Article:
Tycho’s Weather doesn’t reach the atmospheric heights of his post-chillwave classics.
Tycho’s Weather doesn’t reach the atmospheric heights of his post-chillwave classics Dive and Awake, but because he’s borrowing from pop instead of rock this time around, it’s less aggressive and more interesting than 2017’s cheap-seats gift Epoch. This stuff would work at festivals and at luxe penthouses late at night, but despite a track being called “Into the Woods,” not in nature.
Though billed just to the San Francisco producer born Scott Hansen, Weather is basically a collaboration with Arizona singer Hannah Cottrell, a.k.a. Saint Sinner, who appears on five of the album’s eight tracks. She’s no great shakes as a vocalist, with the same breathy lilt and vocal curlicues as every singer trying to hit it big in the late 2010s, but pop looks good on Tycho. He’s always used big, dumb, predictable chord progressions, which moves his music up one level of accessibility from that of his heroes Boards of Canada. It’s surprising a singer hasn’t showed up in his music yet.
Hansen had a chance to take advantage of the mono-artist billing his seniority guaranteed him and imagine what a singer would sound like inside the world he’s honed on his four previous records. But he builds platforms for Cottrell, not environments. He glides along on simple major-to-minor progressions, employing time-tested tricks like cutting the drums for a throwaway bar between the first chorus and the second verse. He also indulges in a sadly common pop trope: lazily ending tracks at the end of the loop, a short tail of reverb substituting for a final chord. The fadeout on “Pink & Blue” feels almost subversive.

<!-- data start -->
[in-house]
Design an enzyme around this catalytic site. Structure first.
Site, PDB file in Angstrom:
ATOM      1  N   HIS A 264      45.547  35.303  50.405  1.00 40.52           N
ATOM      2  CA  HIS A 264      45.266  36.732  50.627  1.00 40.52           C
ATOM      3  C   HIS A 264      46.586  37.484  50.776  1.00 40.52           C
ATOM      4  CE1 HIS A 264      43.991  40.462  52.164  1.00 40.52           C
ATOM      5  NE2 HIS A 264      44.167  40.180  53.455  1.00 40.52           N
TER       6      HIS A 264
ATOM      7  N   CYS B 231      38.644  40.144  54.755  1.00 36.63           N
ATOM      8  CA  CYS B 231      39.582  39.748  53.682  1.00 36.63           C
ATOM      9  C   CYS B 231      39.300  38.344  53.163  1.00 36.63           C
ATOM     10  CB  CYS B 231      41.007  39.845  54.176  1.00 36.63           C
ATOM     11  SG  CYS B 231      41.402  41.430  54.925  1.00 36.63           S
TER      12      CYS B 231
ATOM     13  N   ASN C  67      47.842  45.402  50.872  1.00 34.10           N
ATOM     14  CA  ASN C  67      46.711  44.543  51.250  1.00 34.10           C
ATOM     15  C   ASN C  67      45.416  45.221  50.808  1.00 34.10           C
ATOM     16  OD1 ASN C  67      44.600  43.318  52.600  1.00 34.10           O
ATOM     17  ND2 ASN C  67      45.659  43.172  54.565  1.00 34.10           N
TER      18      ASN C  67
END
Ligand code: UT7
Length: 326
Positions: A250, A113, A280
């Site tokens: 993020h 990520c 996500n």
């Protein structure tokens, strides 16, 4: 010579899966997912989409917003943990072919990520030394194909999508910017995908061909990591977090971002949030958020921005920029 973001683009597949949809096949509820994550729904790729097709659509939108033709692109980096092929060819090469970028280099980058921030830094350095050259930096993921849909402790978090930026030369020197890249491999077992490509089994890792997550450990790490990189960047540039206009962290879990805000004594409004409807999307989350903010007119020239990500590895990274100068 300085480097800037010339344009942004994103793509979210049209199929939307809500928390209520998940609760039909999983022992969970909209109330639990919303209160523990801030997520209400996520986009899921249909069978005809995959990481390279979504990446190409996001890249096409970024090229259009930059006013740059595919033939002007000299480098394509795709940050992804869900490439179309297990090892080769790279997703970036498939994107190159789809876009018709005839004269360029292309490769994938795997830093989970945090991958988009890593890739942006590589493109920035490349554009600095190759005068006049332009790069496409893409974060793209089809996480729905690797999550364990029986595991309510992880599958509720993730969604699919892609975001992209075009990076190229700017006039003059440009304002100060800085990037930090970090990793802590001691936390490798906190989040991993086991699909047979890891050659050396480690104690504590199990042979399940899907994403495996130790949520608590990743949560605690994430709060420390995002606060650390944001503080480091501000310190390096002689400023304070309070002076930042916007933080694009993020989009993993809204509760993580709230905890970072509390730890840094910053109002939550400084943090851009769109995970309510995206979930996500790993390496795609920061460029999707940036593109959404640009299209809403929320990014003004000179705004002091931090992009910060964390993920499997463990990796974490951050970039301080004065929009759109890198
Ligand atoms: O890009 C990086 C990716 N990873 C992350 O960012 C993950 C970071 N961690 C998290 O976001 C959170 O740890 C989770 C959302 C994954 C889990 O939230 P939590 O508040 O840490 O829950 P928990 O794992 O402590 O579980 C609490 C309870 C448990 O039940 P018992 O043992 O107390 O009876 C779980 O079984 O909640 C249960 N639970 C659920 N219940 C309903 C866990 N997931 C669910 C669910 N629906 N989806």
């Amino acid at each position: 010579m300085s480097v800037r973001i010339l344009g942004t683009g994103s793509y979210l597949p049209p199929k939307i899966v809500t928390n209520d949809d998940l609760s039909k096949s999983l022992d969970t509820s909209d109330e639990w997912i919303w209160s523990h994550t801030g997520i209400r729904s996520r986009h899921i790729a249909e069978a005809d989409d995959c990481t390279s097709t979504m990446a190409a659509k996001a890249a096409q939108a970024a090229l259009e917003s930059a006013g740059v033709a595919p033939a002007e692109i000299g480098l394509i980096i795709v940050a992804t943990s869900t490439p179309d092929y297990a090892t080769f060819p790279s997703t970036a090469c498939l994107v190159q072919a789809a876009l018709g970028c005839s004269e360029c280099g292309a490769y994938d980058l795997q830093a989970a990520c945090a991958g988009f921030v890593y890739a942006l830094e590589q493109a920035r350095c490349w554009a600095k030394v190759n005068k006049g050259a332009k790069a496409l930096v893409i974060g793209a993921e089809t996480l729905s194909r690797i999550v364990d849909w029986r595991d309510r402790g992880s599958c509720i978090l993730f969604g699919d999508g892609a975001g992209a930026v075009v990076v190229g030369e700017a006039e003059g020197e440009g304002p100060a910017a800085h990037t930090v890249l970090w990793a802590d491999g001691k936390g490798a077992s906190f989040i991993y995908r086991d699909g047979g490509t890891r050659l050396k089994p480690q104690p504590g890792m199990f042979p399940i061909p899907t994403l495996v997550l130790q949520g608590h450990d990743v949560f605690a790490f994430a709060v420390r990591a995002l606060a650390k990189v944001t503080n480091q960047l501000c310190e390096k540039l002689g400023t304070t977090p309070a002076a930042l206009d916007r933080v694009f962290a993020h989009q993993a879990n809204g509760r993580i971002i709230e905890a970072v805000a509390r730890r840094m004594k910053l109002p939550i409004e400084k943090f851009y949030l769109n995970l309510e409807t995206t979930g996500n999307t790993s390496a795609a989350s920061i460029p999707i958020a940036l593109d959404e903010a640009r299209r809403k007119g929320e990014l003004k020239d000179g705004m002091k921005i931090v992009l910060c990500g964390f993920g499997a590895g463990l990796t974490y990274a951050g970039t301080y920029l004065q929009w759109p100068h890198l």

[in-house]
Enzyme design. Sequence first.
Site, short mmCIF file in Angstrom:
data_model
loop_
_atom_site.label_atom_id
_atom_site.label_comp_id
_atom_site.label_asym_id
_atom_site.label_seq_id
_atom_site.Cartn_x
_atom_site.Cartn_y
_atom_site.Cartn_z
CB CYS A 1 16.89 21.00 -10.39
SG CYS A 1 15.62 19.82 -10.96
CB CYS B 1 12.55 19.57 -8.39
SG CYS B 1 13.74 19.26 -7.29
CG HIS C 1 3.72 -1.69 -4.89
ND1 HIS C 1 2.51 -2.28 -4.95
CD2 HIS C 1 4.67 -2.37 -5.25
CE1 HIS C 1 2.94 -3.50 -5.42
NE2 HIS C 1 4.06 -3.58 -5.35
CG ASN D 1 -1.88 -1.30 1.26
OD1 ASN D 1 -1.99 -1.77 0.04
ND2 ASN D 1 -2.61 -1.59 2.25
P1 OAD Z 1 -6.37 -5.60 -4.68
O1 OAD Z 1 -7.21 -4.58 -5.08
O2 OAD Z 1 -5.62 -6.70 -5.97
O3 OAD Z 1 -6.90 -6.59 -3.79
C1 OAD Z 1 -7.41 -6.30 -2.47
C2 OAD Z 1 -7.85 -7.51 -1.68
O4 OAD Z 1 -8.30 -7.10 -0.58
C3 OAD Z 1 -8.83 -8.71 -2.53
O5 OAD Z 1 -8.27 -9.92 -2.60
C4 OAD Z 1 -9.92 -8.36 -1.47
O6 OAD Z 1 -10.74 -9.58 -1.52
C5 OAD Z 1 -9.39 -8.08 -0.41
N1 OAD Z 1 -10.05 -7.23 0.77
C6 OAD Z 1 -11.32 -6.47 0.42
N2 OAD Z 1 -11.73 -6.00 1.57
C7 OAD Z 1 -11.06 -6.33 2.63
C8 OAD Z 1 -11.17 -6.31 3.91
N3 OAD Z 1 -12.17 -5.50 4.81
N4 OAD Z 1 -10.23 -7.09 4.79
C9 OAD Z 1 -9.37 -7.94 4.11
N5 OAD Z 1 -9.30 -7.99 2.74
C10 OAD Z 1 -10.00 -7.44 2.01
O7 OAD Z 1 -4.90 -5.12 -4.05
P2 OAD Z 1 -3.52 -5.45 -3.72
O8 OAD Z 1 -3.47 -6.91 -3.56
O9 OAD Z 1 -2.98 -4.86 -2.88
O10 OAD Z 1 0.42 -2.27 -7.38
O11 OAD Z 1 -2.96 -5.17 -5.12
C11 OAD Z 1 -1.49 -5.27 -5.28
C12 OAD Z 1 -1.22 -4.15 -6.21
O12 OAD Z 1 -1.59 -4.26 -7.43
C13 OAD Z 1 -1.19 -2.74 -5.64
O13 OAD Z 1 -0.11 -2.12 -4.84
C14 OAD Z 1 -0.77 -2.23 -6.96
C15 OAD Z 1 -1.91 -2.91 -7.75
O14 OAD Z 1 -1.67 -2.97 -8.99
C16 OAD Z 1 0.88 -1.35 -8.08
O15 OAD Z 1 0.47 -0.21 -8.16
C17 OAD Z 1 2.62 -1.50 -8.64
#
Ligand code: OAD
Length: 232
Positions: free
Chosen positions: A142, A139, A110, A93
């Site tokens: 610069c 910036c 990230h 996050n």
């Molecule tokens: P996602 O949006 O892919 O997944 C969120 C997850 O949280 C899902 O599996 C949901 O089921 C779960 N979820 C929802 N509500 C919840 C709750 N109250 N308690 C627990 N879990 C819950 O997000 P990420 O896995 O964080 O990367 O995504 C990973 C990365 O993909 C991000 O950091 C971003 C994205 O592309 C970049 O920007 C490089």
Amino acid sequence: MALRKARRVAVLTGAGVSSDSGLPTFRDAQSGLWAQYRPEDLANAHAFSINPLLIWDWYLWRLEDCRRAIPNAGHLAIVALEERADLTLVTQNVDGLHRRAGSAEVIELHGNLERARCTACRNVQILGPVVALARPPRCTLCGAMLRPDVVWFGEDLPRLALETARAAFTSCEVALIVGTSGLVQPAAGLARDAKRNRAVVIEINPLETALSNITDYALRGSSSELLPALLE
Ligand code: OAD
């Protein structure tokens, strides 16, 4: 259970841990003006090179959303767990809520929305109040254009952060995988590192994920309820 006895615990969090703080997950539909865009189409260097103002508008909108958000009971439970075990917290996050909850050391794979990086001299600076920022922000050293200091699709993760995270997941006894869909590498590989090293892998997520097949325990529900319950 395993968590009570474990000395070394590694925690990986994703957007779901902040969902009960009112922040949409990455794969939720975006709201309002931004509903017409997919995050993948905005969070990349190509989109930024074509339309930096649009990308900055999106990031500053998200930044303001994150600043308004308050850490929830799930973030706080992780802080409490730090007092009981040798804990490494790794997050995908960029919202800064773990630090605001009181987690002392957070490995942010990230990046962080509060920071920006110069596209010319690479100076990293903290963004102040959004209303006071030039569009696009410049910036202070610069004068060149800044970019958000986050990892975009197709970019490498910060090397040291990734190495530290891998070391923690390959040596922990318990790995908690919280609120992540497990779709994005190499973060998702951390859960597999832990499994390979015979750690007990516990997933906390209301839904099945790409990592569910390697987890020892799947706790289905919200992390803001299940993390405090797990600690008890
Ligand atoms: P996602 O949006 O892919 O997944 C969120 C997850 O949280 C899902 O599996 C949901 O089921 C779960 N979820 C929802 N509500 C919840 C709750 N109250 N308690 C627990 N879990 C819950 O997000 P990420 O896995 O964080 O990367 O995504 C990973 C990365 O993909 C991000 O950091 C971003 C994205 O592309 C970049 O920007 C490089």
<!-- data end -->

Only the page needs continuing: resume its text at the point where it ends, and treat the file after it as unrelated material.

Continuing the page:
Two tracks hint at what could’ve been. “Skate” riskily cuts the drums and lets Cottrell’s voice drift in ambient space. “Easy” reduces her vocals to breathy sighs and hints, adding more emotional intrigue than when we’re just hearing a straightforward story. Though some of the subject matter is interesting, like the bisexual love triangle on “Pink & Blue,” the lyrics Cottrell sings pull us into a more mundane dimension than the music would on its own.
Hansen has never been one to engage in tricky instrumental flights of fancy, but it’s worth wondering if the lack of risks we find on Weather has anything to do with the desire to fit on more curated playlists. Hansen essentially makes low-key EDM, which seems to be the preferred mode of popular music in the algorithm age be it the post-chillwave ambient aggression of Odesza or the chipmunk drops of the Chainsmokers. In other words, this shit is playlist catnip, especially fronted by an unknown singer trading in a very 2010s ideal of cool.
Tycho works better when he’s making background music than music meant to move hordes of kids on molly, which is what puts Weather a notch or two above Epoch. But his music was best when it wasn’t so functional – when it moved in its own space instead of others, when it created its own universe rather than resigning itself to exist in ours.